ECT can also be considered in moderate depression, if the patient hasn’t responded to multiple drug treatments and psychological treatment. When giving ECT, it’s vital that psychological treatments aren’t forgotten. Unless it’s an emergency, I ask all my patients to see a psychologist before we consider ECT. The psychologist will assess them and advise if psychological treatment might be helpful. I’ve had patients who have recovered as a result of this without the need for ECT.
Patients treated with the real ECT made a better recovery than those who had the simulated treatment
But for those who go ahead with ECT, the results can seem miraculous. I remember a patient whose depression worsened until they’d stopped eating and drinking completely. They believed that their insides had stopped working, and that there was nowhere for the food and fluid to go. Their physical health was deteriorating quickly, and we decided to treat them with ECT. Immediately after the first treatment, they accepted a cup of tea and a piece of toast. Soon after this, their odd ideas returned, but with further ECT treatments they made a full recovery and were discharged from hospital.
The research demonstrates that ECT is indeed a useful treatment. In 2003, a group of researchers in the UK reviewed six randomised controlled trials of ECT – the gold standard for assessing the effectiveness of a medical treatment. In these studies, patients with depression were given either real ECT or simulated ECT (in simulated treatment, the patient was anaesthetised and given muscle relaxants but didn’t receive an electrical stimulus). The researchers found that the patients treated with the real ECT made a better recovery than those who had the simulated treatment.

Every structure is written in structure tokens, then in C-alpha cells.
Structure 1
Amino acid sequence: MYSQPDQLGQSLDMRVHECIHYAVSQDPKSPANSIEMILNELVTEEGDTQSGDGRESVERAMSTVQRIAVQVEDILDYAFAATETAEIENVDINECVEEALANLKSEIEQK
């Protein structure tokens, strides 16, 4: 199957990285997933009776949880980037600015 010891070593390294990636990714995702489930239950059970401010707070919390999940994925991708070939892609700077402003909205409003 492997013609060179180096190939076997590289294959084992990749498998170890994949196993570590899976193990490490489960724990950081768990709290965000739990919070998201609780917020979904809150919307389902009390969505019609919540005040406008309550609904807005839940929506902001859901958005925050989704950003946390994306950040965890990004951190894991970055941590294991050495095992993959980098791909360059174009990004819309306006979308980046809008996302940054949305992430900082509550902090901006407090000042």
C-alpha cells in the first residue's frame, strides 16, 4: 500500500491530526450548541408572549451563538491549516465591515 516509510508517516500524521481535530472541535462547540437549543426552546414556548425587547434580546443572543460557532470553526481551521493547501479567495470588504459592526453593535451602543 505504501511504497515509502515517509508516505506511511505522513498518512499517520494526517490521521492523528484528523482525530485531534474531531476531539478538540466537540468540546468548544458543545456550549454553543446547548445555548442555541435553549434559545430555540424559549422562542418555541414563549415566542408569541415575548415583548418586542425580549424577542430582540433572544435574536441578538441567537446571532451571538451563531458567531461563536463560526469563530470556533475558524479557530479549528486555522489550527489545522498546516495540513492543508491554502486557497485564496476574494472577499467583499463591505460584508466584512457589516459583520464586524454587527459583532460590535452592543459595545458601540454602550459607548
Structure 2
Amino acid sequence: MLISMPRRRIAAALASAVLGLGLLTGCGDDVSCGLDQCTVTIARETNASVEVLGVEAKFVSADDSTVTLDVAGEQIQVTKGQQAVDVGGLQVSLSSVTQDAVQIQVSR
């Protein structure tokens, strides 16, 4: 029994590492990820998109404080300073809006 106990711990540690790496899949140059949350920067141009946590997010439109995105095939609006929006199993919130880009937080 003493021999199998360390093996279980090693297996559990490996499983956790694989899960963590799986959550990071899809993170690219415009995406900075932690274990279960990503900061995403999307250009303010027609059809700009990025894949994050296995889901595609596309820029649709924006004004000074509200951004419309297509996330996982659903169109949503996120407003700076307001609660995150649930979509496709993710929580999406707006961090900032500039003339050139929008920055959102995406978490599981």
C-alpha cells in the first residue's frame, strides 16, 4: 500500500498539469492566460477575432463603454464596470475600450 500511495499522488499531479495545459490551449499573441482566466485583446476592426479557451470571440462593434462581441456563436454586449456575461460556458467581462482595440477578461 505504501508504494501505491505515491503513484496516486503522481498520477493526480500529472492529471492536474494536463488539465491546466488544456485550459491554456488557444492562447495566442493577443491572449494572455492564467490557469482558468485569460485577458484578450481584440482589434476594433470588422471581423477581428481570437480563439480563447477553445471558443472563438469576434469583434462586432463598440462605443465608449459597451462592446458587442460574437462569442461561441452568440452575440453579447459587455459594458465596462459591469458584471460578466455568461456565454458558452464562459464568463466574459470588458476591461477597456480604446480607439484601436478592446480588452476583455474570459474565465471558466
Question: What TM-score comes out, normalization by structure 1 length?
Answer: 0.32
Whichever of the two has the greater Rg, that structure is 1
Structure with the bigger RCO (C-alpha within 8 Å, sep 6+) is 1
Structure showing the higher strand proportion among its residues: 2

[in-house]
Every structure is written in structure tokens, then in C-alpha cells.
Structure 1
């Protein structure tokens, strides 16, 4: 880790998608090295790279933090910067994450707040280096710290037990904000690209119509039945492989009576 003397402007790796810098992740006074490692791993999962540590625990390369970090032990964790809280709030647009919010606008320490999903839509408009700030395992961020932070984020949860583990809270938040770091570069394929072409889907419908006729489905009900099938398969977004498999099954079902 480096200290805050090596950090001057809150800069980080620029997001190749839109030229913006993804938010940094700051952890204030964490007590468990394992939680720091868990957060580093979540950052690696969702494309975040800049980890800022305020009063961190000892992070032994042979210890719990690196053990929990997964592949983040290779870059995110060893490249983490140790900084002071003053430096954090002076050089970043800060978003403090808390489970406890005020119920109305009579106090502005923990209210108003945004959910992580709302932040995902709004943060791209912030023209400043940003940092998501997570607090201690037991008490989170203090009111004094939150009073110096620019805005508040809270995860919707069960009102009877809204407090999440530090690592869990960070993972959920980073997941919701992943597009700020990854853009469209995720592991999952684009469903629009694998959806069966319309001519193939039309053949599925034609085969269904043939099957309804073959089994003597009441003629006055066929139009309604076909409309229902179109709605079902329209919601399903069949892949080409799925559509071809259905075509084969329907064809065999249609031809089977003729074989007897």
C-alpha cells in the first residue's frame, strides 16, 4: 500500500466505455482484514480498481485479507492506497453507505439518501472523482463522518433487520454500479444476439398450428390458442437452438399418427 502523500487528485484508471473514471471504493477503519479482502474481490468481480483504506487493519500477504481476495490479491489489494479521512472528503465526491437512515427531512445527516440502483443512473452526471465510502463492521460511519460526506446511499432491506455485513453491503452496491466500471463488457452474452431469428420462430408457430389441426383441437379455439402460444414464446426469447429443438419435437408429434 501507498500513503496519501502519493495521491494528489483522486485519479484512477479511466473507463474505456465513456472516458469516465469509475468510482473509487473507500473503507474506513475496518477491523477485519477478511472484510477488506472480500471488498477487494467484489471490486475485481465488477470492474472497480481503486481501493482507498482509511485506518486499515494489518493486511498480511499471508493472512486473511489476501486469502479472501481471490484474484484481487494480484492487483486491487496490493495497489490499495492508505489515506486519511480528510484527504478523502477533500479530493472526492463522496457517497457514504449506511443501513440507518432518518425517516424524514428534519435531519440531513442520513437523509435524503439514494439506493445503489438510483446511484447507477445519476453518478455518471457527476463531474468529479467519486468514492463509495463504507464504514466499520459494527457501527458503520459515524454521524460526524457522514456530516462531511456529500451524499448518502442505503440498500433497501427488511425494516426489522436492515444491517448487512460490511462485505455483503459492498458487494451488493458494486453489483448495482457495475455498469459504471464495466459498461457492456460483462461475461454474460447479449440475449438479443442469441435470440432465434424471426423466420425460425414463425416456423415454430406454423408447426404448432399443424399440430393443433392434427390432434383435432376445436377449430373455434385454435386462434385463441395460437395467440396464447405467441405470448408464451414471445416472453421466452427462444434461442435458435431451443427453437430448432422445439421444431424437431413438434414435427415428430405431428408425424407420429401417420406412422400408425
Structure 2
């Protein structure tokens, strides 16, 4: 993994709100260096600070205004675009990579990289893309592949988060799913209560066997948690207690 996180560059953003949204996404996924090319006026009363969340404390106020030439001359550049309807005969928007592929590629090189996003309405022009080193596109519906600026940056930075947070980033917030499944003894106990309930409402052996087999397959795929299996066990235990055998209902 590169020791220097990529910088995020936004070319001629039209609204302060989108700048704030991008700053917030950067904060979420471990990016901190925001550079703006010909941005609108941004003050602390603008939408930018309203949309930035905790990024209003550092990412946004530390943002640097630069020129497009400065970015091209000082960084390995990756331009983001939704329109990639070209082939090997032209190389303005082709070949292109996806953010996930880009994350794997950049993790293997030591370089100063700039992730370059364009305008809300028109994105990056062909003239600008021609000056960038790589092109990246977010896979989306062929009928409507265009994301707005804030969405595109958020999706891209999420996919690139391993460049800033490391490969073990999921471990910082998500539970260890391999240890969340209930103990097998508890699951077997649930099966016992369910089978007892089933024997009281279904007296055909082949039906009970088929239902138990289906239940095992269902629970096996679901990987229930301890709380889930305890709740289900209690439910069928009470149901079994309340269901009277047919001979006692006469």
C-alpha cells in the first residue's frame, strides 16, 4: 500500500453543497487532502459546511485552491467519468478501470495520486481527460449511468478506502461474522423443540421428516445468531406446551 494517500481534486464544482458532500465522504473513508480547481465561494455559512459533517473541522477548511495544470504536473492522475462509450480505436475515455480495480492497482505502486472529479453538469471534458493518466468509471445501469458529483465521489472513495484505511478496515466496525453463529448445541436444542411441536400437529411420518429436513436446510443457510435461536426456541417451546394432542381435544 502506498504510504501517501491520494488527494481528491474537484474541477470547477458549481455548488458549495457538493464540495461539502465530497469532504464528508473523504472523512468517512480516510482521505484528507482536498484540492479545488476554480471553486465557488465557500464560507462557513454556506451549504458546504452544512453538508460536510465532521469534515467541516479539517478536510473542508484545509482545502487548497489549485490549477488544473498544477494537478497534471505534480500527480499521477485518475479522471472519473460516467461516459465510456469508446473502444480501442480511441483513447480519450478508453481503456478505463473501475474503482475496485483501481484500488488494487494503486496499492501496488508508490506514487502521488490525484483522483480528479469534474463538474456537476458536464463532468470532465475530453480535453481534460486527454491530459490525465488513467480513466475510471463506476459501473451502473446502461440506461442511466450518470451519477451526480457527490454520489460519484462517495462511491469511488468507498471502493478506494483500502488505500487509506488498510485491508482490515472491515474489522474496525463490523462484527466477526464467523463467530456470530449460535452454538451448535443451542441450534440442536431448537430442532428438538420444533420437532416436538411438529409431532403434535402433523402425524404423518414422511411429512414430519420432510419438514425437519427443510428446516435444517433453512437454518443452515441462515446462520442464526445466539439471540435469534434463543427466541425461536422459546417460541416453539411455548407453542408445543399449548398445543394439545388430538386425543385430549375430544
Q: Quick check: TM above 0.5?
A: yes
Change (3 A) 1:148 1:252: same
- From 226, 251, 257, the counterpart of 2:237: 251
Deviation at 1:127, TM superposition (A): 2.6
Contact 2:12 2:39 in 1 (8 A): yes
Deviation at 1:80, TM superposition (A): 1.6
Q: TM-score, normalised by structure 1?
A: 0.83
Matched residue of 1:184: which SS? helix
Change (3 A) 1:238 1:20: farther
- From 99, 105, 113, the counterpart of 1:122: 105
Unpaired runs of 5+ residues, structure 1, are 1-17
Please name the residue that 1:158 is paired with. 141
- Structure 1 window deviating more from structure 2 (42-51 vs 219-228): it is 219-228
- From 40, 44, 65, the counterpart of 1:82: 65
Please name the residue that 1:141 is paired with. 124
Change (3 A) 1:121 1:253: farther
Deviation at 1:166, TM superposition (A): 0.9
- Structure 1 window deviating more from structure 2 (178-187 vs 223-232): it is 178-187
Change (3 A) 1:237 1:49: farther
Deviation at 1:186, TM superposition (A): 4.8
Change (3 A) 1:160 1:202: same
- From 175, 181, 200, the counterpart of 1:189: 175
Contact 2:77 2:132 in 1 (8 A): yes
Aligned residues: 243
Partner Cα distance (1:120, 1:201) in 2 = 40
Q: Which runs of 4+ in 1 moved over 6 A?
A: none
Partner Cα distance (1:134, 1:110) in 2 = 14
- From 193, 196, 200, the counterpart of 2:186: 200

However, most of these studies were done around 40 years ago, and included only a small number of participants. It would be useful to have a new, larger randomised controlled trial. One reason this hasn’t happened is that this research is particularly hard to conduct: many patients prescribed ECT are too ill to consent to taking part in a trial.
Such a trial would be useful to understand not just the effectiveness of ECT, but also its side-effects. ECT has a number of possible side-effects, both from the treatment and from the repeated anaesthetics. Side-effects of anaesthetics include chest infections and heart problems. To protect against these, patients have a full medical examination and blood tests before the ECT is given. They might need a chest X-ray or heart tracing to check that their lungs and heart are healthy. If these tests show medical problems, they will be discussed with the anaesthetist who will advise on whether it’s safe for the patient to have treatment. But, like all medical treatments, the risk of side-effects can’t be eliminated completely.